Sudan’s ruling military council and main opposition coalition have agreed on a constitutional declaration which will pave way for a new period of transitional government.
African Union mediator Mohamed Lebatt made the announcement early on Saturday, without giving any details.
“I am announcing to the Sudanese, African and international public opinion that the two delegations have fully agreed on the constitutional declaration,” Mr Lebatt said.
He said further meetings would be held to work out the technical details of the signing ceremony, but did not provide any information about the agreement itself.
Sudan has been in ‘turmoil’ since the military ousted President Omar al-Bashir in April.
Protracted talks over the declaration have been held amid much violence.
The long-awaited declaration deal triggered celebrations in Sudan, which has been plunged into months of crisis.
Both sides signed a power sharing accord in July but demonstrators have been waiting since then for more details about the agreement.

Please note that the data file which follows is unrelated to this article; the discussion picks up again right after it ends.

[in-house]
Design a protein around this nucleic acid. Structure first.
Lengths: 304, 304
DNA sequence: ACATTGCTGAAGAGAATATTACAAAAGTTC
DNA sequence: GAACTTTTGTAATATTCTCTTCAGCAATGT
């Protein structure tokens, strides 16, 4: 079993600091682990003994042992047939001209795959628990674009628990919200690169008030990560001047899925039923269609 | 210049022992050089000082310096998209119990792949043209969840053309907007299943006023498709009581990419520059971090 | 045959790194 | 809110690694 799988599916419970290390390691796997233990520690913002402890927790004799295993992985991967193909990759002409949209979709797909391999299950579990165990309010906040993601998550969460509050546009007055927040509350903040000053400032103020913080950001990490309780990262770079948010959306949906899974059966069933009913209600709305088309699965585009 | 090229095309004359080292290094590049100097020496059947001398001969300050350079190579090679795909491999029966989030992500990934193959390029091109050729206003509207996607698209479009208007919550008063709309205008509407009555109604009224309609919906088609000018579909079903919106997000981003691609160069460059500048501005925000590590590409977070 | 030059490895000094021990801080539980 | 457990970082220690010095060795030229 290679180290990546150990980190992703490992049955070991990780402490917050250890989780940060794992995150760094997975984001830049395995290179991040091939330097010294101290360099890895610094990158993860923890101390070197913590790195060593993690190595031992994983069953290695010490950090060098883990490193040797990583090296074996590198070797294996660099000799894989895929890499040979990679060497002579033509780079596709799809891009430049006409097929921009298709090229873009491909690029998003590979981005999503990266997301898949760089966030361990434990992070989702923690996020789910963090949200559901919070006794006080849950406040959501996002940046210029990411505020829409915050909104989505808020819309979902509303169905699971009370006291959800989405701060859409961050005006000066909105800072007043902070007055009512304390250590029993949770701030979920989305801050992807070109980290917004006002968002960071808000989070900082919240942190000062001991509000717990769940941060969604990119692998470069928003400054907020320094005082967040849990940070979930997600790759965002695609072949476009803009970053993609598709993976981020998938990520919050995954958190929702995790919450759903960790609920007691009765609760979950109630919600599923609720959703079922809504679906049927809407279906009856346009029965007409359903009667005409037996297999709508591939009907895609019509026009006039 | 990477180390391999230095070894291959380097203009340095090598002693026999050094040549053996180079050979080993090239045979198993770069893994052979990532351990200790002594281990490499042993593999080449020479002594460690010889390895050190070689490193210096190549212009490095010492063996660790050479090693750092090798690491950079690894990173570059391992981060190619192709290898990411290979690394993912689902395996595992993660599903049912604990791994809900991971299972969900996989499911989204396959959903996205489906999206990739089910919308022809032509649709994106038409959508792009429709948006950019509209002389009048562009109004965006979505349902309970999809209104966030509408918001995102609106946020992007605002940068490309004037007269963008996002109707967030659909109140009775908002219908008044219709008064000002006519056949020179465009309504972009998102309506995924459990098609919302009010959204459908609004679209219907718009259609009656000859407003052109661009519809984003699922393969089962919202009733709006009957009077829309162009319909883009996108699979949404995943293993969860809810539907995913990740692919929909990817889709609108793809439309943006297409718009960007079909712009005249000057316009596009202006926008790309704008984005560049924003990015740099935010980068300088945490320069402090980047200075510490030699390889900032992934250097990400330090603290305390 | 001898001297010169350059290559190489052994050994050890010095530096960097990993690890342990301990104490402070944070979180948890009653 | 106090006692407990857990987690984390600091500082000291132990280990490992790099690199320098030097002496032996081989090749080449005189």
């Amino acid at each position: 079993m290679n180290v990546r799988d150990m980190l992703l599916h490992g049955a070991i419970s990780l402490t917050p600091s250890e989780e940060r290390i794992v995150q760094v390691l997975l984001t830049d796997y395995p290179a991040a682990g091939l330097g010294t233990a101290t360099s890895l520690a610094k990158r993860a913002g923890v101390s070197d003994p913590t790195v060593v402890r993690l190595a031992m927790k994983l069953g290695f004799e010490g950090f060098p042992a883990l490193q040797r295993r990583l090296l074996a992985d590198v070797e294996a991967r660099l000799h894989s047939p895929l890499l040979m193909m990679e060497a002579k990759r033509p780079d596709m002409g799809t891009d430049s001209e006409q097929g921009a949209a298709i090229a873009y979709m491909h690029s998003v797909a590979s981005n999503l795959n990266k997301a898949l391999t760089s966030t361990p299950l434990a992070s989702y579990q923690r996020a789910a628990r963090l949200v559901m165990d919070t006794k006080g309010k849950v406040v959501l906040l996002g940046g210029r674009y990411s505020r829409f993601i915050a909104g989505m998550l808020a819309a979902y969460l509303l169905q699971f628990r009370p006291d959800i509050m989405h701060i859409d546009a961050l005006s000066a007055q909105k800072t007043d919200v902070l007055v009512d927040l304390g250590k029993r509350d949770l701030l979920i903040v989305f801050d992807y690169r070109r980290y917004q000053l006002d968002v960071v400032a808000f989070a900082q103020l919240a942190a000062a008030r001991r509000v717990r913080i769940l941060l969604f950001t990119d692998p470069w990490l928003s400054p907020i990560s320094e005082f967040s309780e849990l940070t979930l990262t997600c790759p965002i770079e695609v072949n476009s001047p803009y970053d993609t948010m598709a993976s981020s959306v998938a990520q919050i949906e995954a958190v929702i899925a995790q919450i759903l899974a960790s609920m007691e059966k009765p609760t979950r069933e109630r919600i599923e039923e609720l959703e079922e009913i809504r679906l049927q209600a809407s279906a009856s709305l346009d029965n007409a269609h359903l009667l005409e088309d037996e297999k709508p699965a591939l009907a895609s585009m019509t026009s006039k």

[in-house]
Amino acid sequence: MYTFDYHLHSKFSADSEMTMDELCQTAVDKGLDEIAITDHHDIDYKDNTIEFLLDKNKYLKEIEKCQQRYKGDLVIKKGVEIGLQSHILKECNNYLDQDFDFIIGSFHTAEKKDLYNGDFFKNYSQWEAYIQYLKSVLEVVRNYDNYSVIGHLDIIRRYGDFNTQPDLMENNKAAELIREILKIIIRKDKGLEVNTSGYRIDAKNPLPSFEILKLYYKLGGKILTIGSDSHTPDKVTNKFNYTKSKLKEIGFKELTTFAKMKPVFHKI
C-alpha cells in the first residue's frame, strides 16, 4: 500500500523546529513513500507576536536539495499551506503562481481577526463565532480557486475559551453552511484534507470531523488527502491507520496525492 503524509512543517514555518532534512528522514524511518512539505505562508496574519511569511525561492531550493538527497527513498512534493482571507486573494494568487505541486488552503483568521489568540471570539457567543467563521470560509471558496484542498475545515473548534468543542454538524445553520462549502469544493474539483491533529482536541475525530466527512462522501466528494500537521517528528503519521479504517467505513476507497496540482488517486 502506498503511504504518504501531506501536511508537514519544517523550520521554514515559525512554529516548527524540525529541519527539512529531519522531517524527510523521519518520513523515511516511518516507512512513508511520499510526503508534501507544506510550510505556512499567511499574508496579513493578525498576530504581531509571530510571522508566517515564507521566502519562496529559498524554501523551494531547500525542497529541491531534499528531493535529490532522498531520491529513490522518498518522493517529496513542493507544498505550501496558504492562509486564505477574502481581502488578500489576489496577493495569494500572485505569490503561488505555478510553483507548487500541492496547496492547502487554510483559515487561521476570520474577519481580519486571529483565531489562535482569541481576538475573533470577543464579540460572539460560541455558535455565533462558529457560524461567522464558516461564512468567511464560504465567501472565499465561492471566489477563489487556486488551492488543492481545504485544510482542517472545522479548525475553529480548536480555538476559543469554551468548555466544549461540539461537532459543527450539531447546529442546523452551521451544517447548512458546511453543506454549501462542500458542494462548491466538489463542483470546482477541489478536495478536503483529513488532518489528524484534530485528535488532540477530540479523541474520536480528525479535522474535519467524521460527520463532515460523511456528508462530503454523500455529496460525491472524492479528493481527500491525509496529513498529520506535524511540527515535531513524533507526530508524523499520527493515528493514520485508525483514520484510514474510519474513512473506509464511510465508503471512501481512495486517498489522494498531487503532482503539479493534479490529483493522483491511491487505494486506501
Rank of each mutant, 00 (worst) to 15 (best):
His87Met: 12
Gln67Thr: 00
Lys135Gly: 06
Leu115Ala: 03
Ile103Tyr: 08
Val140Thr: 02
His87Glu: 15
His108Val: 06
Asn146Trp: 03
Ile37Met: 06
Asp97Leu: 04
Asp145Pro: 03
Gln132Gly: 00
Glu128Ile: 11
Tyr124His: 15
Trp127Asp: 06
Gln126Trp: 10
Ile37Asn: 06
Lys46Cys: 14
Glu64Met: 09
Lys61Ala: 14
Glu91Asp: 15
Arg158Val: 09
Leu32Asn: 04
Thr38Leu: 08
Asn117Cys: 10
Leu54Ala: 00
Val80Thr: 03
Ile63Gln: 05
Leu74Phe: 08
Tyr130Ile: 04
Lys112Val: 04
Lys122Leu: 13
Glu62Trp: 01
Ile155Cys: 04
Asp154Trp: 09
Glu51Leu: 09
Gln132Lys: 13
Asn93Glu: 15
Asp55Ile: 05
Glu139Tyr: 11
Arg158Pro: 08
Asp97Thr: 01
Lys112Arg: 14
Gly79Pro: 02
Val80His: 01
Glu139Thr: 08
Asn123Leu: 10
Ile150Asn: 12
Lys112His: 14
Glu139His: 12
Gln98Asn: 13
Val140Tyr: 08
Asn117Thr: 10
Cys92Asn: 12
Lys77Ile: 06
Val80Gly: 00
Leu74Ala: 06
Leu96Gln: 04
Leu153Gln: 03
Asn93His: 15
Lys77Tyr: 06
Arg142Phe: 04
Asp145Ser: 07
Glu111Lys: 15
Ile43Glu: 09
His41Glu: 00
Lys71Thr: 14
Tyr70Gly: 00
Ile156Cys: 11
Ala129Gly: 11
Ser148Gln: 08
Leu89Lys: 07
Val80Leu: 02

Protests first broke out in December after Mr Bashir’s government imposed emergency austerity measures.
He was then overthrown by the military in April after prolonged protests outside the defence ministry in Khartoum.
Demonstrators have since called for ‘authority to be transferred to a civilian administration.‘
The document outlines the terms of a three-year transitional period agreed last month by the military council and opposition leaders.
The power-sharing deal envisages a governing body of six civilians and five generals.